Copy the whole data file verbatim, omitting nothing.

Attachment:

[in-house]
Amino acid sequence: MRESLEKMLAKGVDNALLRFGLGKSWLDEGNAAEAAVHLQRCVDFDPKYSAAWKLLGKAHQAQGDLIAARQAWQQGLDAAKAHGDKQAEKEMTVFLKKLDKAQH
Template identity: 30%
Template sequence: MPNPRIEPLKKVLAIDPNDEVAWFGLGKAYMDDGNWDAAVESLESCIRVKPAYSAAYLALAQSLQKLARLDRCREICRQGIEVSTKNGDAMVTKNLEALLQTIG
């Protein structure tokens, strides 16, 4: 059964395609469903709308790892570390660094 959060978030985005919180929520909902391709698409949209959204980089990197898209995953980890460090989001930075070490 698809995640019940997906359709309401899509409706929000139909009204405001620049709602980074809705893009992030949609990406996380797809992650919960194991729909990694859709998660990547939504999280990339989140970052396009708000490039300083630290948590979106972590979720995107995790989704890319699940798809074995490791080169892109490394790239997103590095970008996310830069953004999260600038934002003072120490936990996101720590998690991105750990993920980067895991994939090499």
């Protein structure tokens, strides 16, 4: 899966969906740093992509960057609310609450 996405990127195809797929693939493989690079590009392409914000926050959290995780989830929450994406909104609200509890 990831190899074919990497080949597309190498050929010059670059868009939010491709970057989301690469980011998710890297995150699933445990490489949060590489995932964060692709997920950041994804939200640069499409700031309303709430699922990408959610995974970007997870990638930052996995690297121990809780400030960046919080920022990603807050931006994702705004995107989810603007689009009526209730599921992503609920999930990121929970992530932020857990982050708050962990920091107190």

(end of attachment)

[in-house]
Amino acid sequence: MRESLEKMLAKGVDNALLRFGLGKSWLDEGNAAEAAVHLQRCVDFDPKYSAAWKLLGKAHQAQGDLIAARQAWQQGLDAAKAHGDKQAEKEMTVFLKKLDKAQH
Template identity: 30%
Template sequence: MPNPRIEPLKKVLAIDPNDEVAWFGLGKAYMDDGNWDAAVESLESCIRVKPAYSAAYLALAQSLQKLARLDRCREICRQGIEVSTKNGDAMVTKNLEALLQTIG
């Protein structure tokens, strides 16, 4: 059964395609469903709308790892570390660094 959060978030985005919180929520909902391709698409949209959204980089990197898209995953980890460090989001930075070490 698809995640019940997906359709309401899509409706929000139909009204405001620049709602980074809705893009992030949609990406996380797809992650919960194991729909990694859709998660990547939504999280990339989140970052396009708000490039300083630290948590979106972590979720995107995790989704890319699940798809074995490791080169892109490394790239997103590095970008996310830069953004999260600038934002003072120490936990996101720590998690991105750990993920980067895991994939090499």
């Protein structure tokens, strides 16, 4: 899966969906740093992509960057609310609450 996405990127195809797929693939493989690079590009392409914000926050959290995780989830929450994406909104609200509890 990831190899074919990497080949597309190498050929010059670059868009939010491709970057989301690469980011998710890297995150699933445990490489949060590489995932964060692709997920950041994804939200640069499409700031309303709430699922990408959610995974970007997870990638930052996995690297121990809780400030960046919080920022990603807050931006994702705004995107989810603007689009009526209730599921992503609920999930990121929970992530932020857990982050708050962990920091107190």